Two-Start Pitchers 2014: September 1-7: Are There Any Gambles Worth Taking?

by Ray Kuhn

And it’s down the stretch we come!  It’s more important than ever to make smart decisions when streaming pitchers, as each start feels more important (and we are starting to face the risk of pitchers being shut down).  Who do we trust?  Which gamble should we take?

On pitcher who has made himself interesting has been Carlos Carrasco:

Carrasco has been inconsistent and disappointing so far in his career, but are the tides starting to turn for the 27 year old? It is hard to ignore a pitcher who consistently averages 93-plus miles per hour with his fastball and is now starting to see some real improvement in his control since returning from the minor leagues and the bullpen. In his last four starts, spanning 24.2 innings, Carrasco has struck 23 batters while allowing just two earned runs and three walks. That performance should not be ignored, especially as he takes the mound twice this week at home against the Tigers and White Sox.

Let’s take a look at all of the two-start options for the coming week:

Pitcher Opponent #1 Opponent #2
Tier 1    
David Price at Cleveland vs. San Francisco
Corey Kluber vs. Detroit vs. Chicago White Sox
Cole Hamels at Atlanta at Washington
Julio Teheran vs. Philadephia at Miami
     
Tier 2    
Adam Wainwright vs. Pittsburgh at Milwaukee
Gio Gonzalez at LA Dodgers vs. Philadelphia
Zack Wheeler at Miami at Cincinnati
Lance Lynn vs. Pittsburgh at Milwaukee
     
Tier 3    
Tyson Ross vs. Arizona at Colorado
Mat Latos at Baltimore vs. New York Mets
Yovani Gallardo at Chicago Cubs vs. St. Louis
Phil Hughes at Baltimore vs. LA Angels
Yordano Ventura vs. Texas at NY Yankees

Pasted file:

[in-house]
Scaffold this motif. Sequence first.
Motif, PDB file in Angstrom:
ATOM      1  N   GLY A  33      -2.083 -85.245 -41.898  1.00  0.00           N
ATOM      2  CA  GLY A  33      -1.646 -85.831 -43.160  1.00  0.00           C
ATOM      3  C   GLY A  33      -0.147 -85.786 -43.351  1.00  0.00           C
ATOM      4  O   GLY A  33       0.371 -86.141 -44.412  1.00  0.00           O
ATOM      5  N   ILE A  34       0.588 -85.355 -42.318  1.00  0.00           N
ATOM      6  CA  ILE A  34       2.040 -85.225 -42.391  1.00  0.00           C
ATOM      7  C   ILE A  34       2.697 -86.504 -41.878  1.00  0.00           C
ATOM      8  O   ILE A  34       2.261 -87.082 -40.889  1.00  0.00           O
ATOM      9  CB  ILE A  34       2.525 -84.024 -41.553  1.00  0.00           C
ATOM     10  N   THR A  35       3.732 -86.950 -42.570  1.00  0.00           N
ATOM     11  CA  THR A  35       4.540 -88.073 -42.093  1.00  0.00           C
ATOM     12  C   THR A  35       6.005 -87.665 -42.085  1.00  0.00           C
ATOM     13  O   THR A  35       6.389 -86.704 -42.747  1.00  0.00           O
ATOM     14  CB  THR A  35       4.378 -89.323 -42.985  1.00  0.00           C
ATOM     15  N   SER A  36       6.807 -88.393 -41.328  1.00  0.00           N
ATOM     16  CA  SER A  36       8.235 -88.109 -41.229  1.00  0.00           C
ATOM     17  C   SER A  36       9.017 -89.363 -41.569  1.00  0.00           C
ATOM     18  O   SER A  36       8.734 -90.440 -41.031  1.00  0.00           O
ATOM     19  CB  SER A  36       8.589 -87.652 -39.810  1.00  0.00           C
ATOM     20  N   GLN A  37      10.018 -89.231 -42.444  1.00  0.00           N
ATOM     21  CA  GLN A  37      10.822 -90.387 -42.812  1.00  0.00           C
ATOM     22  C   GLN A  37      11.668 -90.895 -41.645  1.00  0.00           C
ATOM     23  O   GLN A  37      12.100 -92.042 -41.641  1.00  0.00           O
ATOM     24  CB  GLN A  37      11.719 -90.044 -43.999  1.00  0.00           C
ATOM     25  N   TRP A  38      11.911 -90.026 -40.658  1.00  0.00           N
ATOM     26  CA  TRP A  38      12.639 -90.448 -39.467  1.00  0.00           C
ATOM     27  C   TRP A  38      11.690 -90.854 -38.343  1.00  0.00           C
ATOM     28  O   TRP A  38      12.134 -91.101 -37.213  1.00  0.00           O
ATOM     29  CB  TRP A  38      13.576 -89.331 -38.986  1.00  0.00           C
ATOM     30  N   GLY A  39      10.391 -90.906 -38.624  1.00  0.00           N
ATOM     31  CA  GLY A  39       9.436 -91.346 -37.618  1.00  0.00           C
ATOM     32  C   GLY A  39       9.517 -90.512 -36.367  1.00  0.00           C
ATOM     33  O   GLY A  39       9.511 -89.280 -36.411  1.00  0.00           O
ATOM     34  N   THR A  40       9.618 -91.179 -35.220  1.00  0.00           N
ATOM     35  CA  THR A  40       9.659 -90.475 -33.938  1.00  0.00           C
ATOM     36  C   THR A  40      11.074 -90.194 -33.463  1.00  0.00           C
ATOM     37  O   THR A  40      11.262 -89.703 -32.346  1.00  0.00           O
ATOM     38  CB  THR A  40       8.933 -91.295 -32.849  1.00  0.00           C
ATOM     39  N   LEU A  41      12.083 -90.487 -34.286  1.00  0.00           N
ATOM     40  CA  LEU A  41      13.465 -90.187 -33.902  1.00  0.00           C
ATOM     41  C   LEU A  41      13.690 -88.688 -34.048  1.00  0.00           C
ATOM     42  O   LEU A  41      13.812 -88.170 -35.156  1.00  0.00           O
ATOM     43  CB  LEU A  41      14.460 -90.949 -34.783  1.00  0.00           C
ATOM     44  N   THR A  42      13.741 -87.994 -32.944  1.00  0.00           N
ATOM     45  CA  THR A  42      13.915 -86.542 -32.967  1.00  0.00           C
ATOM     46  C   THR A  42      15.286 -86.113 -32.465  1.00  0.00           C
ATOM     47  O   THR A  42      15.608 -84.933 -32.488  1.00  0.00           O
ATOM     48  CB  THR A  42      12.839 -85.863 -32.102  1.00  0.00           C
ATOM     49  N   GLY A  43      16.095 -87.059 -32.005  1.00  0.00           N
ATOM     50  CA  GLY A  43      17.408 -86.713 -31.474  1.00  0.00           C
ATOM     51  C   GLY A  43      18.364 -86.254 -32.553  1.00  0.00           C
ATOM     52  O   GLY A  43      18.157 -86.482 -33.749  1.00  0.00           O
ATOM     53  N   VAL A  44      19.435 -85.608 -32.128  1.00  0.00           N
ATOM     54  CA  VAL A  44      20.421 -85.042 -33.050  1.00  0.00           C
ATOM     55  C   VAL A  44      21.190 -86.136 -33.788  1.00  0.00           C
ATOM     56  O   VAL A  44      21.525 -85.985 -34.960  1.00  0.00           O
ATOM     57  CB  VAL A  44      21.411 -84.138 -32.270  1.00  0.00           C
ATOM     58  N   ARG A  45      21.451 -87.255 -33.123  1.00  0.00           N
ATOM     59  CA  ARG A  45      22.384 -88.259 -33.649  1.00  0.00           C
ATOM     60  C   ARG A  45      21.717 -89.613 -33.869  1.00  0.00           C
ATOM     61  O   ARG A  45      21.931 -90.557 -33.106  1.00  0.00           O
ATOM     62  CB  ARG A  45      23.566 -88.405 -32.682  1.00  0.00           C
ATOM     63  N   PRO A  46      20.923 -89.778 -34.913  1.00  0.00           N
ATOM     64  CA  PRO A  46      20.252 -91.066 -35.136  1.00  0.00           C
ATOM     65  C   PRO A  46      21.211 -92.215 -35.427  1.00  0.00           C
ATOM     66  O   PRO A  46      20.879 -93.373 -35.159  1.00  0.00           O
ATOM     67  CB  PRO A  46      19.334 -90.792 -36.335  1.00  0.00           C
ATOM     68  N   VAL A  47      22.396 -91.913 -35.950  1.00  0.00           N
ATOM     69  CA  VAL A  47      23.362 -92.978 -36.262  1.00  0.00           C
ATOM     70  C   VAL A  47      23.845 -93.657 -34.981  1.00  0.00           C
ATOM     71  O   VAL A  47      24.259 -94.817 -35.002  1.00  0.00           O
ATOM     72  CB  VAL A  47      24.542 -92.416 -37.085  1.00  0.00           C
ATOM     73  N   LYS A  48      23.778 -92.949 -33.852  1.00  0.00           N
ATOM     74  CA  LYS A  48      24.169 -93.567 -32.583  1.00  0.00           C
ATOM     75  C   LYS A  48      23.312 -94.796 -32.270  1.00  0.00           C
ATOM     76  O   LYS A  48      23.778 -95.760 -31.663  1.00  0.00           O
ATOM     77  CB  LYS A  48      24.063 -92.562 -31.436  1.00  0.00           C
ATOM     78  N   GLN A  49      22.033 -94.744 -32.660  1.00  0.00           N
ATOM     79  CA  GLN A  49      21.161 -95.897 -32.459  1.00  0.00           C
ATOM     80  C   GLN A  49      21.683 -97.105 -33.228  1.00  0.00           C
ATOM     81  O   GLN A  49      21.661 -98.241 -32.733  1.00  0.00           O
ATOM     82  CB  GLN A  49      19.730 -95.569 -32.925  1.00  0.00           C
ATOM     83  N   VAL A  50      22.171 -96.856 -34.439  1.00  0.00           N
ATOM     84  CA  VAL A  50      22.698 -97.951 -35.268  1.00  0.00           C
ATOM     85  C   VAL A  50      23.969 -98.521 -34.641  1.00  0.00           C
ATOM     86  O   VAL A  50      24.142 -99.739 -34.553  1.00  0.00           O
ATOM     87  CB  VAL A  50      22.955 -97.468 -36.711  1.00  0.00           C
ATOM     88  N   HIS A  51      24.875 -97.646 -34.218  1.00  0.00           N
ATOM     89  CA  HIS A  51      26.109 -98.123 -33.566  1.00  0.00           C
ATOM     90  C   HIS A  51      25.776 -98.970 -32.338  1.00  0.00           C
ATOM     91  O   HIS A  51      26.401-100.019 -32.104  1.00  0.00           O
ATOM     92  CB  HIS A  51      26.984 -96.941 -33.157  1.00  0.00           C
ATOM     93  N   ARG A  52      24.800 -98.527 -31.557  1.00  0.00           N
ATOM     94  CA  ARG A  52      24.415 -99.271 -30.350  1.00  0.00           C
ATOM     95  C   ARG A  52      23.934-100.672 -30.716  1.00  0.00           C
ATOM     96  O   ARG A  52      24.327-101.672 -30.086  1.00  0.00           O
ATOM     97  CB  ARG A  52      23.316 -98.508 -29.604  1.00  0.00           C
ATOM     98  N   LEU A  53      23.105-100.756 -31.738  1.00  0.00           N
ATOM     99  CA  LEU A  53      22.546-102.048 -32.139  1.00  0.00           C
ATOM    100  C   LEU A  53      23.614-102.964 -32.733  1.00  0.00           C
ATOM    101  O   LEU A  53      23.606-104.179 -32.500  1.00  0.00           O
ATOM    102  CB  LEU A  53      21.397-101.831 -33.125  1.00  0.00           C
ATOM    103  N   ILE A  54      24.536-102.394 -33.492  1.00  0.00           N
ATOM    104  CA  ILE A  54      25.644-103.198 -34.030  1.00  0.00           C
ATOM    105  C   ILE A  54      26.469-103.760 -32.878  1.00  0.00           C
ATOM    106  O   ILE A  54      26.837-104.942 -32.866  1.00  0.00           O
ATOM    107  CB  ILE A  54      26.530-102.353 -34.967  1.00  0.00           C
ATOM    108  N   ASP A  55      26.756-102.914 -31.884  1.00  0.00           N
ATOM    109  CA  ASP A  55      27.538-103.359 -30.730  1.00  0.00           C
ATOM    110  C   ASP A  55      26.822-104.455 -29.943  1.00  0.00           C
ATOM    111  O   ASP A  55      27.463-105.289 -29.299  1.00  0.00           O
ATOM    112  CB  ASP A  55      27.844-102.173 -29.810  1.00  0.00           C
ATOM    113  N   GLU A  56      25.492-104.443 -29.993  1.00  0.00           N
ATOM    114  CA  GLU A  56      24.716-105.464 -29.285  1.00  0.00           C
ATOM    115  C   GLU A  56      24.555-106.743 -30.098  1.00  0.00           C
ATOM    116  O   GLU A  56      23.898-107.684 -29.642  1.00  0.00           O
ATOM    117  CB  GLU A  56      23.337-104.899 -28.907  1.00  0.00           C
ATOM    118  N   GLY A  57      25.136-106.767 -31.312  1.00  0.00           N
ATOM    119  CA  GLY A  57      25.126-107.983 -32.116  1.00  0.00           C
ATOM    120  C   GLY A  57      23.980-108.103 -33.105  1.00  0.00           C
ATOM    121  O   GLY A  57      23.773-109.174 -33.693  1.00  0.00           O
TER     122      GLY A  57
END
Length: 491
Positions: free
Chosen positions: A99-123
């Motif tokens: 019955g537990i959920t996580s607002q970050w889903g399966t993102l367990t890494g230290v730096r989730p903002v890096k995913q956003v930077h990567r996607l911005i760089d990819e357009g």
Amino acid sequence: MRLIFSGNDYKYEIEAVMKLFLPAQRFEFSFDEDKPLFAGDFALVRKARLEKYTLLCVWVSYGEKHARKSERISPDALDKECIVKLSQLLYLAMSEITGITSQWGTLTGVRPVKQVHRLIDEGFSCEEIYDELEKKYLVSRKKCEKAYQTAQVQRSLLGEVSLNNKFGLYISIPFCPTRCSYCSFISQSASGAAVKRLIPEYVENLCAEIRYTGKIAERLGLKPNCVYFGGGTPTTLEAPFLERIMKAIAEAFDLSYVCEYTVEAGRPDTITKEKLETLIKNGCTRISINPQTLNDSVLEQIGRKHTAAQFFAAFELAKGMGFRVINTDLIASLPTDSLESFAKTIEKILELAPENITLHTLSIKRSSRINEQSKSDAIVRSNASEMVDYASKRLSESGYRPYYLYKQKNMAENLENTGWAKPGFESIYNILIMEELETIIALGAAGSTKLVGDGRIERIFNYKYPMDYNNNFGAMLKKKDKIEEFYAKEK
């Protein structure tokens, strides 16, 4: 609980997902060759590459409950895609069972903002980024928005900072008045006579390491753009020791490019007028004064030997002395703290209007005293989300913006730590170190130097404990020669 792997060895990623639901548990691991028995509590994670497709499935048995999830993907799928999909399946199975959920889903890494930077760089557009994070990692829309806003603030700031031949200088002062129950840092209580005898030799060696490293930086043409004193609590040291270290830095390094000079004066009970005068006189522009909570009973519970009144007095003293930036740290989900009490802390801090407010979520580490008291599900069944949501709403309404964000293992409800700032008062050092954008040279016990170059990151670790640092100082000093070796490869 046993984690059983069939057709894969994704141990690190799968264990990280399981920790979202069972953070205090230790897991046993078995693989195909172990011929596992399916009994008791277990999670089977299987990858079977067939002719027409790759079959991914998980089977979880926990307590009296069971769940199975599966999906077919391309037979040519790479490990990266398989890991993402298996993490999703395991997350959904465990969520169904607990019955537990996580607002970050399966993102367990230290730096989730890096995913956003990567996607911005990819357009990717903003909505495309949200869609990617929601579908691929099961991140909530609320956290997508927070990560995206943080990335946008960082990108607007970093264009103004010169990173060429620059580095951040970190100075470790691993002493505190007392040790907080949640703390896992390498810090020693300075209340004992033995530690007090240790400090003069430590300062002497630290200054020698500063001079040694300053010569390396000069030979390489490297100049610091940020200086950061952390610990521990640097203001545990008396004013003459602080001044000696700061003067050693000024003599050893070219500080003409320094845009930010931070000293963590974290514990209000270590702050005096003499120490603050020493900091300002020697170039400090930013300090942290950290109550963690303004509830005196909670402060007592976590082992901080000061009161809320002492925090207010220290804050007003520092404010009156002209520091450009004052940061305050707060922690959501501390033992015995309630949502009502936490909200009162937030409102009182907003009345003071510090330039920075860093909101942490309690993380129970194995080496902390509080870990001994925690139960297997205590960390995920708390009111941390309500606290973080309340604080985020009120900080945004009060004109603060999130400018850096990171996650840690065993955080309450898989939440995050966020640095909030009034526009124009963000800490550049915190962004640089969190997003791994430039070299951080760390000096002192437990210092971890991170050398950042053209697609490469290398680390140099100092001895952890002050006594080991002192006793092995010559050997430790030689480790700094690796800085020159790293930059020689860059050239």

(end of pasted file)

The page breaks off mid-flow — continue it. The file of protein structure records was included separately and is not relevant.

Gerritt Cole at St. Louis at Chicago Cubs
James Paxton at Oakland at Texas
Drew Smyly vs. Boston vs. Baltimore
Tim Hudson at Colorado at Detroit
RA Dickey at Tampa Bay at Boston
     
Tier 4    
Carlos Carrasco vs. Detroit vs. Chicago White Sox
Kevin Gausman vs. Minnesota at Tampa Bay
Jeremy Hellickson vs. Toronto vs. Baltimore
Henderson Alvarez vs. NY Mets vs. Atlanta
Jason Hammel vs. Seattle vs. Houston
Roenis Elias at Oakland at Texas
     
Tier 5    
Bud Norris vs. Cincinnati at Tampa Bay
Wade Miley at San Diego at LA Dodgers
Hector Santiago at Houston at Minnesota
Shane Greene vs. Boston vs. Kansas City
Jimmy Nelson at Chicago Cubs vs. St. Louis
Roberto Hernandez vs. Washington vs. Arizona
Colby Lewis at Kansas City vs. Seattle
Joe Kelly at NY Yankees vs. Toronto
Rubby De La Rosa at Tampa Bay vs. Toronto
     
Tier 6    
Odrisamer Despaigne vs. Arizona at Colorado
Trevor Cahill at San Diego at LA Dodgers
Tommy Milone vs. Chicago White Sox vs. LA Angels
Nick Tepesch at Kansas City vs. Seattle
Franklin Morales vs. San Francisco vs. San Diego
Jacob Turner vs. Miwaukee vs. Pittsburgh

 

Thoughts:

  • Adam Wainwright is a stud and a fantasy ace. He falls under the category of “set it and forget it”, but his recent performance is calling that into question. By no stretch am I going to overreact and bench Wainwright, especially in a week where he starts twice. Yes, I know his ERA after the All-Star break is 4.68 and he recently alluded to going through a dead arm period, but there is still not enough there for me to bench him. The problem is that if this was a pitcher without Wainwright’s past performance and name recognition, I would be advocating that you stay away from him if you have better options. He has allowed 49 hits and 14 walks in his last 45.1 innings while striking out just 31 batters, but he has still managed to have five quality starts in his last seven. You have every right to be cautious, and maybe I would keep my distance in daily formats until he proves otherwise, but in weekly formats he should be started.